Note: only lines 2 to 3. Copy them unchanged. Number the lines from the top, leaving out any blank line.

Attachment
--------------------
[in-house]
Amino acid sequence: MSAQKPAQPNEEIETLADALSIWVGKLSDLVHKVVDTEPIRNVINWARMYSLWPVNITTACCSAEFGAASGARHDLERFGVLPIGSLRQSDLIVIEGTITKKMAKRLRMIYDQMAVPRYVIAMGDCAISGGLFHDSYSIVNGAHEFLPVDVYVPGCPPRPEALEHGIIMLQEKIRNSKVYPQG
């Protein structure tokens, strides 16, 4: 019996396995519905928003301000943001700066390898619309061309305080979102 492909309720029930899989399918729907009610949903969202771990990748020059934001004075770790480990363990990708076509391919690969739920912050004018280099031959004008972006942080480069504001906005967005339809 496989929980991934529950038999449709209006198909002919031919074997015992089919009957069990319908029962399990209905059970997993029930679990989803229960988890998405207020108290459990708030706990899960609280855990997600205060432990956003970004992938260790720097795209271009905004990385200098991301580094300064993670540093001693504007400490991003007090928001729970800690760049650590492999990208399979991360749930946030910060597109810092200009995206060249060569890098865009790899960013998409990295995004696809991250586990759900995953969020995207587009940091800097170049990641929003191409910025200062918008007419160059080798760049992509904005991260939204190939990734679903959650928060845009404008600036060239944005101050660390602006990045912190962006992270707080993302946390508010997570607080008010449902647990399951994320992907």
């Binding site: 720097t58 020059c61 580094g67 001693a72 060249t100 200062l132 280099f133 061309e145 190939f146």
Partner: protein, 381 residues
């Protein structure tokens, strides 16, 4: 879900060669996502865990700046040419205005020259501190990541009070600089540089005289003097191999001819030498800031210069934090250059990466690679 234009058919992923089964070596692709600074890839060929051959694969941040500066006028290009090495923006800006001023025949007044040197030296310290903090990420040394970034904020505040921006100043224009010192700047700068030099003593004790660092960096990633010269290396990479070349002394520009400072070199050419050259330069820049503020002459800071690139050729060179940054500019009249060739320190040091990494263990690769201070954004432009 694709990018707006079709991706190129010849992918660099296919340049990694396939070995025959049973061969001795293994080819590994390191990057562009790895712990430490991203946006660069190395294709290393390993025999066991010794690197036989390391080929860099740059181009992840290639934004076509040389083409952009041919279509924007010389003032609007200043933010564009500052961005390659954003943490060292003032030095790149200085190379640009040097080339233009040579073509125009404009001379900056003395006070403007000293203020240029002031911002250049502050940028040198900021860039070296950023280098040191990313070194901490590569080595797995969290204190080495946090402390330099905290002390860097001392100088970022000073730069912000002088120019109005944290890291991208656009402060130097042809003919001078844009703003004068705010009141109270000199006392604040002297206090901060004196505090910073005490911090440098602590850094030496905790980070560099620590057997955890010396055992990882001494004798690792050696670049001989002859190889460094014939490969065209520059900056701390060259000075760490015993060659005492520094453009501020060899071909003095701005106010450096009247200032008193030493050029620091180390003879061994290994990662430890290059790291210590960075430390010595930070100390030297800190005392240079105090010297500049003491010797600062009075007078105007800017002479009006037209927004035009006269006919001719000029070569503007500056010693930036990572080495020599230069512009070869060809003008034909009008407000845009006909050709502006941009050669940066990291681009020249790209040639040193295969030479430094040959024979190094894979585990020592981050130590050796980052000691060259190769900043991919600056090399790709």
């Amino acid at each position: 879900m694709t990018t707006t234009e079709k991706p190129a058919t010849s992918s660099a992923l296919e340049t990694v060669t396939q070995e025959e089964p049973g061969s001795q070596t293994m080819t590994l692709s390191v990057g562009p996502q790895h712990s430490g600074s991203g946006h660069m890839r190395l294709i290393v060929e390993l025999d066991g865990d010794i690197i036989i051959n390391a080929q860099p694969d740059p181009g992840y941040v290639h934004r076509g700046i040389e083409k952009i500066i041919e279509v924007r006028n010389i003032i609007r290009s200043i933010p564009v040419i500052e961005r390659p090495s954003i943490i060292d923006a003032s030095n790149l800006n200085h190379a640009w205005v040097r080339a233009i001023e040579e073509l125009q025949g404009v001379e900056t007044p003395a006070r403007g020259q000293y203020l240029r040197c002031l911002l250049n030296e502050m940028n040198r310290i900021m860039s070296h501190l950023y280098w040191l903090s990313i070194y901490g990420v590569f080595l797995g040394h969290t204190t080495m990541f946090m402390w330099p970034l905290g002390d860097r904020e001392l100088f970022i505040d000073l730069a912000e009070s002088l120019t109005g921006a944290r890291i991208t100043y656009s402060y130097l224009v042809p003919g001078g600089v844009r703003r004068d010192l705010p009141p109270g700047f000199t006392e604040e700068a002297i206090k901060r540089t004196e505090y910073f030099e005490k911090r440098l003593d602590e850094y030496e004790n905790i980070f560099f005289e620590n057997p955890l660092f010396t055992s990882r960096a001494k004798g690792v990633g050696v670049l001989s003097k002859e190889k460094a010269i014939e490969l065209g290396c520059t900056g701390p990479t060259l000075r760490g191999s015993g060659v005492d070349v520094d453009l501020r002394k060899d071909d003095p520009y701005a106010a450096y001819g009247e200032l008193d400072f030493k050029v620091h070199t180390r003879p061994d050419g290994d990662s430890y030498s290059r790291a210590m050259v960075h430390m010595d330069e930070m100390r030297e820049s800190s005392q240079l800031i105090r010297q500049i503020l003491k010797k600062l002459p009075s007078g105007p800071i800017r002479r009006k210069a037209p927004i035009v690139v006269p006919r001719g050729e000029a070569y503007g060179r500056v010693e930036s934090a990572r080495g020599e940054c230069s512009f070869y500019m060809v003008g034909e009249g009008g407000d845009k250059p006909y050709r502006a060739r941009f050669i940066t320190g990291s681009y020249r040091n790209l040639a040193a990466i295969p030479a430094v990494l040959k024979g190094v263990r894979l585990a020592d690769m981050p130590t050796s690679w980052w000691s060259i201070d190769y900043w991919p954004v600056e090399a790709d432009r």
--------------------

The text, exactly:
Amino acid sequence: MSAQKPAQPNEEIETLADALSIWVGKLSDLVHKVVDTEPIRNVINWARMYSLWPVNITTACCSAEFGAASGARHDLERFGVLPIGSLRQSDLIVIEGTITKKMAKRLRMIYDQMAVPRYVIAMGDCAISGGLFHDSYSIVNGAHEFLPVDVYVPGCPPRPEALEHGIIMLQEKIRNSKVYPQG
């Protein structure tokens, strides 16, 4: 019996396995519905928003301000943001700066390898619309061309305080979102 492909309720029930899989399918729907009610949903969202771990990748020059934001004075770790480990363990990708076509391919690969739920912050004018280099031959004008972006942080480069504001906005967005339809 496989929980991934529950038999449709209006198909002919031919074997015992089919009957069990319908029962399990209905059970997993029930679990989803229960988890998405207020108290459990708030706990899960609280855990997600205060432990956003970004992938260790720097795209271009905004990385200098991301580094300064993670540093001693504007400490991003007090928001729970800690760049650590492999990208399979991360749930946030910060597109810092200009995206060249060569890098865009790899960013998409990295995004696809991250586990759900995953969020995207587009940091800097170049990641929003191409910025200062918008007419160059080798760049992509904005991260939204190939990734679903959650928060845009404008600036060239944005101050660390602006990045912190962006992270707080993302946390508010997570607080008010449902647990399951994320992907």